January 3, 2013, by Jonathan
Video Games: Are They Art?
The Museum of Modern Art in New York has recently admitted a number of video games, ranging from arcade classics like Pac-man to rather more esoteric titles such as flOw, into their hallowed halls.
Predictably, this move has been met with a flurry of voices asking the ubiquitous question ‘but is it art?’ Jonathan Jones, in a recent editorial for the Guardian, answers this question with a resounding ‘no’. However, judging from the range of views expressed in the online comments on Jones’ piece, public opinion is far from united on the issue.
Unsurprisingly given the flurry of recent interest in video games and the inescapability of the ‘but is it art?’ question, there has already been a great deal of interesting philosophical work on the art status of videogames. My primary aim here, though, is not to add to the debate over whether video games are art but rather to highlight a pair of problems which often make it difficult to see exactly what question is being asked.
My first concern is that the scope of the question under discussion is not always obvious. Are we interested in whether all videogames are art, or merely whether some are? If the former then I think it is fairly obvious that the answer should be in the negative. Not all videogames are art — but then not all paintings, drawings, photographs, films or dead sharks are art, either (Hitchcock’s Rope is art but the emergency information films shown on aircraft aren’t). If, then, Tetris or Pac-man fail, as Jones claims, to qualify as art works – something which, despite their merits in other respects, I find extremely plausible – this will not show anything very interesting about the art status of videogames in general. Tetris is in many respects a wonderful game, but in artistic terms it stands in the same kind of relation to fellow puzzle game (and fellow MoMA honouree) Portal as my photograph on our department’s webpage stands to Dorothea Lange’s masterpiece Migrant Mother.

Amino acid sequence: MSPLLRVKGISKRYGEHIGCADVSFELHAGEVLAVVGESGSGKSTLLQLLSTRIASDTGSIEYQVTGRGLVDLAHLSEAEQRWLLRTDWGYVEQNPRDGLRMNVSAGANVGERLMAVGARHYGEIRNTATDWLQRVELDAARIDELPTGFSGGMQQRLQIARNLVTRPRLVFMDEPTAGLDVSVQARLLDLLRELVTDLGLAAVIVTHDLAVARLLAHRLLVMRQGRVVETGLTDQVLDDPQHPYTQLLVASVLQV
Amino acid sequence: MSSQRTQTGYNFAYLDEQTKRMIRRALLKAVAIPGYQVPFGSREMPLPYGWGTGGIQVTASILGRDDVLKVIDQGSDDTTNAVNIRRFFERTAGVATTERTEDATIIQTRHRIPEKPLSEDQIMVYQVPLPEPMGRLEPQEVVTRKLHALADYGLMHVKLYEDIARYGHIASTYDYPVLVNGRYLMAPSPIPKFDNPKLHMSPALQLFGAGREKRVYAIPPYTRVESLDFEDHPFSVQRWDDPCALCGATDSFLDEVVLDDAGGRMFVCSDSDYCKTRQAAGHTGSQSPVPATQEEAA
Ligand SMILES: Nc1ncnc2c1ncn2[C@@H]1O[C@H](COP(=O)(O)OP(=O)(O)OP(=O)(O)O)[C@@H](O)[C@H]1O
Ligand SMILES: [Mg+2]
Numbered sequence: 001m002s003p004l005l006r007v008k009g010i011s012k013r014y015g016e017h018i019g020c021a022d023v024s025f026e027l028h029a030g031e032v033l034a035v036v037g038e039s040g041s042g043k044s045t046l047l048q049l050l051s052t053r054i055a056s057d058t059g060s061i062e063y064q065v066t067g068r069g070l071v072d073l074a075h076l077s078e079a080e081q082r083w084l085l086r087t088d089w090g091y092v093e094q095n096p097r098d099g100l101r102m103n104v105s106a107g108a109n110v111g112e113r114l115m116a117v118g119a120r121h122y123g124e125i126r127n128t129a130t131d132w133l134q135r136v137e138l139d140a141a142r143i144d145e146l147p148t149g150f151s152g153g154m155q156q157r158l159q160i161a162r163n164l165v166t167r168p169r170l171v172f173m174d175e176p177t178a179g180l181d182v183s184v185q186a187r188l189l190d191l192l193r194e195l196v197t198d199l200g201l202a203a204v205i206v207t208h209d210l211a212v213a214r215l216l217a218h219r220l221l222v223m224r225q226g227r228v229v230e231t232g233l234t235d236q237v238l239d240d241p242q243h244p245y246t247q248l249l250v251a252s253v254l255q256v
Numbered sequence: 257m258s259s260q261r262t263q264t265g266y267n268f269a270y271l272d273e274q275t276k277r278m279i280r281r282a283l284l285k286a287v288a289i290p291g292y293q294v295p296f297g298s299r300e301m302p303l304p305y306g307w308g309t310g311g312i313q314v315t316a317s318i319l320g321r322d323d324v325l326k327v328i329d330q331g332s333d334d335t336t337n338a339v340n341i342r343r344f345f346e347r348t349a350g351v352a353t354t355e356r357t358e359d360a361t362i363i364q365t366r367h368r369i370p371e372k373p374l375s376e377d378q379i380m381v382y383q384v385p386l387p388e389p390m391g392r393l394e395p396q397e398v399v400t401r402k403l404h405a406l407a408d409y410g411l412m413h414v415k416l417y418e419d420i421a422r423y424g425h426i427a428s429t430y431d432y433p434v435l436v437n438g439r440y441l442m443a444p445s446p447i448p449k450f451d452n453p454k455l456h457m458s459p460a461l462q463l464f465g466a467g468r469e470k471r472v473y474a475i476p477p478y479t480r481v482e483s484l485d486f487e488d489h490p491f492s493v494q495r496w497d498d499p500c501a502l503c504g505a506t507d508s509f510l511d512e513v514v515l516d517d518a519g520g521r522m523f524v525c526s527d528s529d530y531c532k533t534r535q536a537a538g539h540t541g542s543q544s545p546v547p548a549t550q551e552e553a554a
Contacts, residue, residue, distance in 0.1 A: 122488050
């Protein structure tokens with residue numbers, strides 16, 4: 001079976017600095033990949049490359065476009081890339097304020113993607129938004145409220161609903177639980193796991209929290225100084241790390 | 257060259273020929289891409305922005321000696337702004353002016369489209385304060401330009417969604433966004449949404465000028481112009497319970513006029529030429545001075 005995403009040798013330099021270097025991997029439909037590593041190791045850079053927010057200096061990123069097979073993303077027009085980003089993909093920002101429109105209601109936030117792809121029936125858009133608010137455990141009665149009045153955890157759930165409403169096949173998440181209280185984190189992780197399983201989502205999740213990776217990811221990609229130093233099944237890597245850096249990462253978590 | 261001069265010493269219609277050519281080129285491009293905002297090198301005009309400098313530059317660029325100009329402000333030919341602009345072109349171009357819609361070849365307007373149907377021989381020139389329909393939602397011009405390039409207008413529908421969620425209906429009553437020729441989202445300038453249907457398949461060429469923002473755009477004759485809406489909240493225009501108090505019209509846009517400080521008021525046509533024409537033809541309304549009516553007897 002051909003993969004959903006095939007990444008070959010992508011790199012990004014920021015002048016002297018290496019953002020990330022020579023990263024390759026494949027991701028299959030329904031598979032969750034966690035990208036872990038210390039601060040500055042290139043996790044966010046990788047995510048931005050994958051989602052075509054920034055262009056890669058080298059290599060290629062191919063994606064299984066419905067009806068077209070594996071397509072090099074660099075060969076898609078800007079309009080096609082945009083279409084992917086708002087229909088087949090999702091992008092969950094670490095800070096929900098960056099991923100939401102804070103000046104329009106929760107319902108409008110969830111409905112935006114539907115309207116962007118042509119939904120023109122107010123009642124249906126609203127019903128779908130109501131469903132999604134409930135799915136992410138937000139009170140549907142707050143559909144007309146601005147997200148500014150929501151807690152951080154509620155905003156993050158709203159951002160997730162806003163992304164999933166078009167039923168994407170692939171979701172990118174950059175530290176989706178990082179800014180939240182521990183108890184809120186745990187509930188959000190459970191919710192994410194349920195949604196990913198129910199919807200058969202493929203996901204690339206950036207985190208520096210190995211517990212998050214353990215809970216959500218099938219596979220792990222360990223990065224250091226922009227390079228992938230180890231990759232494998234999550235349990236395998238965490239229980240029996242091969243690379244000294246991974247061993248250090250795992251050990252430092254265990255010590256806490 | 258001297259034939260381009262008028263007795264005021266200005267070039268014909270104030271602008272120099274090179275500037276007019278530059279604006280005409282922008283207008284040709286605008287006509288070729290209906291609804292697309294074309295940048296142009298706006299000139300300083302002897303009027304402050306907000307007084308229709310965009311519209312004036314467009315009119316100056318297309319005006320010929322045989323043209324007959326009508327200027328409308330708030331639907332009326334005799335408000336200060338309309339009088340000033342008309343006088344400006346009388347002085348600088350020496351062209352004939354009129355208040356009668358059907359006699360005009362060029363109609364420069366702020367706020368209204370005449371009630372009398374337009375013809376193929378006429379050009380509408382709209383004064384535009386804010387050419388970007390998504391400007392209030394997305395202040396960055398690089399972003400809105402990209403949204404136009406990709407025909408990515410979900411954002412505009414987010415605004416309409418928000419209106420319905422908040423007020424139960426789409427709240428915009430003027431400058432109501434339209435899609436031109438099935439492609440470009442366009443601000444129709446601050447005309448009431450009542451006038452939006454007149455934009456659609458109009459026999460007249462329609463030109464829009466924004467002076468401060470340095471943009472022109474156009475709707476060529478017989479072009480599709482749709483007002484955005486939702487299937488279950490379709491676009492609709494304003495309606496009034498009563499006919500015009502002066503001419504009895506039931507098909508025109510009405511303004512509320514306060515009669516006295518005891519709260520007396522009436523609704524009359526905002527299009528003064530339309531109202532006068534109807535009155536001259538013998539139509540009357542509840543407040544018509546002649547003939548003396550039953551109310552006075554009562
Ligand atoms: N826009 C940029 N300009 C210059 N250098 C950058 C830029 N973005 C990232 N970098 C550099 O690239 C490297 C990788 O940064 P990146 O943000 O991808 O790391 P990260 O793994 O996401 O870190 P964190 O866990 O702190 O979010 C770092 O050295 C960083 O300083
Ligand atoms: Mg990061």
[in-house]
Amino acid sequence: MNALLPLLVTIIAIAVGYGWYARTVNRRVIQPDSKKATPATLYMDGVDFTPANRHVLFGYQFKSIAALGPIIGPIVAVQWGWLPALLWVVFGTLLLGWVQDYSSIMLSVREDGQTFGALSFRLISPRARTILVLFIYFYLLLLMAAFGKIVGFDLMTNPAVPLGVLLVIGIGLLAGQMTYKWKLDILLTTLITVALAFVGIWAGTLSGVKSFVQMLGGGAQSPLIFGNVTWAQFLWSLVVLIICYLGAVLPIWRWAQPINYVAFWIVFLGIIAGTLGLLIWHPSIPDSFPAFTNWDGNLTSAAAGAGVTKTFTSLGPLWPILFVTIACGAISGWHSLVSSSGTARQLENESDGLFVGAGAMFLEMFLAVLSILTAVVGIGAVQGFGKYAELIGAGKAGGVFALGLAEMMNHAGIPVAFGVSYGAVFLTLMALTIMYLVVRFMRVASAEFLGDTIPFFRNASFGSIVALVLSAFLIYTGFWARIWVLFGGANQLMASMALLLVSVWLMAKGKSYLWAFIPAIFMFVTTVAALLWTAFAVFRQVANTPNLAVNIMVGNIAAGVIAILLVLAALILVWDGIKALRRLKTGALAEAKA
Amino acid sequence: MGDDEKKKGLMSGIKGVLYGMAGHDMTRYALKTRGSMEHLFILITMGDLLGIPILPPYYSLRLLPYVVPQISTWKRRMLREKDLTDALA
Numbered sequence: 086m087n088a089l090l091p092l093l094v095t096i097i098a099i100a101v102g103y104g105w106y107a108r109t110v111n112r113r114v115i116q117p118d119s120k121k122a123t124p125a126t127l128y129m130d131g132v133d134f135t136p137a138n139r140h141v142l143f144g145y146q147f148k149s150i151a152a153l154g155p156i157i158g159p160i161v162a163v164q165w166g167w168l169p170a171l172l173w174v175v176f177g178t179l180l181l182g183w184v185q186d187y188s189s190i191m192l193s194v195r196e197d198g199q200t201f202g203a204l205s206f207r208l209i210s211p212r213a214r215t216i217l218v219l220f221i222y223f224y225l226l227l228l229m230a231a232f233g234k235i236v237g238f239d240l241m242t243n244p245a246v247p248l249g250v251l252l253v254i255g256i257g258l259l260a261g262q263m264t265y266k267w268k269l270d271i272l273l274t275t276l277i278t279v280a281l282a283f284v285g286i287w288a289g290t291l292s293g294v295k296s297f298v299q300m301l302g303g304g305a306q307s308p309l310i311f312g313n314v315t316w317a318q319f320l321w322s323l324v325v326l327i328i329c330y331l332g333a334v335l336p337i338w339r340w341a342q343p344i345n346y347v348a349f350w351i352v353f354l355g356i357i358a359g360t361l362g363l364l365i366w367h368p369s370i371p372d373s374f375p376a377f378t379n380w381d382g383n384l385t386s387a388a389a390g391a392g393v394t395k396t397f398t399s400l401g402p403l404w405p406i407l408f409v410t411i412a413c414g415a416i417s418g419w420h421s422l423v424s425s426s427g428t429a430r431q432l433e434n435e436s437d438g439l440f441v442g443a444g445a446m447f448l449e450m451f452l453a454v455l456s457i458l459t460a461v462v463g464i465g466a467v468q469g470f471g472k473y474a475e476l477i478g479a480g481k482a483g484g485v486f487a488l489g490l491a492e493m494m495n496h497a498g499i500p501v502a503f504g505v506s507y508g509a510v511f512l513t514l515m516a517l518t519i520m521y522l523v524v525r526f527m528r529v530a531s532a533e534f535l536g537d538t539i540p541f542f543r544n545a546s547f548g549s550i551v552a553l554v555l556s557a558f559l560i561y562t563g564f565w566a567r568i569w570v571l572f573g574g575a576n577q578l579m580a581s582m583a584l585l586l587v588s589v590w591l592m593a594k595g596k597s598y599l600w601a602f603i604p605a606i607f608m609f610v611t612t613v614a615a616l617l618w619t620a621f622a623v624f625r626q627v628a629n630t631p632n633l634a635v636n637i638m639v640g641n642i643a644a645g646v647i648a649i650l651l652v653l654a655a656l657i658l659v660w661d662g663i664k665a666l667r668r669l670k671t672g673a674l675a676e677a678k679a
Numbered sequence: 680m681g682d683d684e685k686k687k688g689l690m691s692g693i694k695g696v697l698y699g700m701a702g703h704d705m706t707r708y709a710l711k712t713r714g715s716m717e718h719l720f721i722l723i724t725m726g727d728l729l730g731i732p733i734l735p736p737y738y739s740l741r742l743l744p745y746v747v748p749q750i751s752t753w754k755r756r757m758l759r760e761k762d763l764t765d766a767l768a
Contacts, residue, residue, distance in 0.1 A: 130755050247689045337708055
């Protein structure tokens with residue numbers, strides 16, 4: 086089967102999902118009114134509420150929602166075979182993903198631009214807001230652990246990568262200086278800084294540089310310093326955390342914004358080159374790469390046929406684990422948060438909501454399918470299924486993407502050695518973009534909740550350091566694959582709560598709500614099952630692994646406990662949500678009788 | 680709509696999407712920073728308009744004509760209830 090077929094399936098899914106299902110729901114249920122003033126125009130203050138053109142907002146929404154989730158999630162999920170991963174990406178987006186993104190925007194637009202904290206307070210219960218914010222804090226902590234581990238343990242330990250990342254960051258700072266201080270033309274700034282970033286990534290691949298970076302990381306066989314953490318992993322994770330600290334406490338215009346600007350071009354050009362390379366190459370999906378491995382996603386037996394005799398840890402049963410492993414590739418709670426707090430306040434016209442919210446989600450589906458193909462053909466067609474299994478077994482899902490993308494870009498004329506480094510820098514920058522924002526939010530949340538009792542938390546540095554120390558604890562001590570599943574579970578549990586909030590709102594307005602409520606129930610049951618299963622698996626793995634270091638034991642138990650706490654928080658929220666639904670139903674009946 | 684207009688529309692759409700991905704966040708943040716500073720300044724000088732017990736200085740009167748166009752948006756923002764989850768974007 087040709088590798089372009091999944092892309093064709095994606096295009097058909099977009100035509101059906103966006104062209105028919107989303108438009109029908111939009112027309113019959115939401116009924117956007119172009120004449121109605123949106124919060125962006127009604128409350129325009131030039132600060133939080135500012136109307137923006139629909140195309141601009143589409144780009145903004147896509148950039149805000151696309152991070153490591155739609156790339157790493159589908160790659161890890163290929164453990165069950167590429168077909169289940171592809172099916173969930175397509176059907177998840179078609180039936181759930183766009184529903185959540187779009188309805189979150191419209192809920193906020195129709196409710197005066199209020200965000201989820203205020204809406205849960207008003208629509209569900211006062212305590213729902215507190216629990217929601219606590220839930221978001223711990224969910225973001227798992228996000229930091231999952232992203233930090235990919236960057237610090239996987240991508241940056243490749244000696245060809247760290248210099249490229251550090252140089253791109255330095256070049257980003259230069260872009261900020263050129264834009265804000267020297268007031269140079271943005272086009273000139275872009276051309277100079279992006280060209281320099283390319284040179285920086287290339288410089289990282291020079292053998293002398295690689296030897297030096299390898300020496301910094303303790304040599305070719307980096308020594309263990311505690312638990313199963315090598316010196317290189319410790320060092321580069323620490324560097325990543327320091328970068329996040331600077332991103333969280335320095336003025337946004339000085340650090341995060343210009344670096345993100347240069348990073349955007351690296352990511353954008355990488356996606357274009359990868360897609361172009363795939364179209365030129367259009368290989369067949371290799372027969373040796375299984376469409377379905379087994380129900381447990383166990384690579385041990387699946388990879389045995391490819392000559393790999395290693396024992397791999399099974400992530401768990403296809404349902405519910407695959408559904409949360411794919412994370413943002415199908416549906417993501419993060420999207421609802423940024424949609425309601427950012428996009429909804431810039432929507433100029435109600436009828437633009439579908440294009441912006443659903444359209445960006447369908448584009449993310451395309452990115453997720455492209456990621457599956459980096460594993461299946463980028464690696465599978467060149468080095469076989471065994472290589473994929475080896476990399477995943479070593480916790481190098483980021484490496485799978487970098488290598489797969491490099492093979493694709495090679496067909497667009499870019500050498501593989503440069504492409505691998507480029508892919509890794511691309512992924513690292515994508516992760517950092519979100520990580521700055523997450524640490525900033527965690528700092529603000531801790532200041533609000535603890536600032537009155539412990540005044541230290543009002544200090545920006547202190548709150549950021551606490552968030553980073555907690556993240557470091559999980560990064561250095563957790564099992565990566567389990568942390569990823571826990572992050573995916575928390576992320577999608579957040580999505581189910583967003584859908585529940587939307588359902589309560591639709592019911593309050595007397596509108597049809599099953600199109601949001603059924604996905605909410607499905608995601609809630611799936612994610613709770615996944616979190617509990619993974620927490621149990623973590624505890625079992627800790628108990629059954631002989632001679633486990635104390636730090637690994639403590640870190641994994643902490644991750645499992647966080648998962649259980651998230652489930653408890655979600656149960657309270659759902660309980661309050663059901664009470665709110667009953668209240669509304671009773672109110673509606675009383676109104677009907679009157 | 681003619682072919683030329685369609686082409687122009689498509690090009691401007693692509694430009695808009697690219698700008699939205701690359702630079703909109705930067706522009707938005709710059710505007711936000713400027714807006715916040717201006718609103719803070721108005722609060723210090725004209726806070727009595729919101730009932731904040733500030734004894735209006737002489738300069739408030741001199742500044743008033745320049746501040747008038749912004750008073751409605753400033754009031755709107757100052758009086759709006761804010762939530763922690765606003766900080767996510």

Talk of masterpieces leads us to my second worry, namely how easily these discussions can slip from asking ‘is it art?’ to asking ‘is it a masterpiece?’ Jones is keen to push comparisons between MoMA’s collection of videogames and (almost) universally acknowledged masterpieces such as van Gogh’s Starry Night and Picasso’s Ma Jolie. Like many others I am a huge fan of Portal and its sequel – regarding them as both great games and impressive artistic achievements – but I certainly don’t take them to be on a par with the masterpieces Jones mentions. I cannot see, though, how this is relevant to the question of whether Portal is a work of art. How to define ‘art’ is, of course, a bone of much contention — but I doubt that anyone would seriously wish to contend that to qualify as an art work an object must be on a par with Starry Night. Adhering to this standard would require removing a lot more than videogames from MoMA’s collection and would empty art galleries and museums of the overwhelming majority of their exhibits (including many on which Jones himself has, rightly, heaped a great deal of praise . Nor, I think, does the inability of any current videogame to stand up to the works of Picasso or van Gogh tell us anything interesting about the artistic potential of the medium. Videogames – and even more so videogames which seriously aspire to the status of art – are a very recent phenomena while painting, by contrast, has a history dating back over 40,000 years.
While I have no doubt my own position on the ‘but is it art?’ question has been made abundantly clear above my purpose in this post has not been to convince you that my own view is correct but instead to show that here, as elsewhere in philosophy, it pays to make sure that you are asking the right questions.
Dr. Jonathan Robson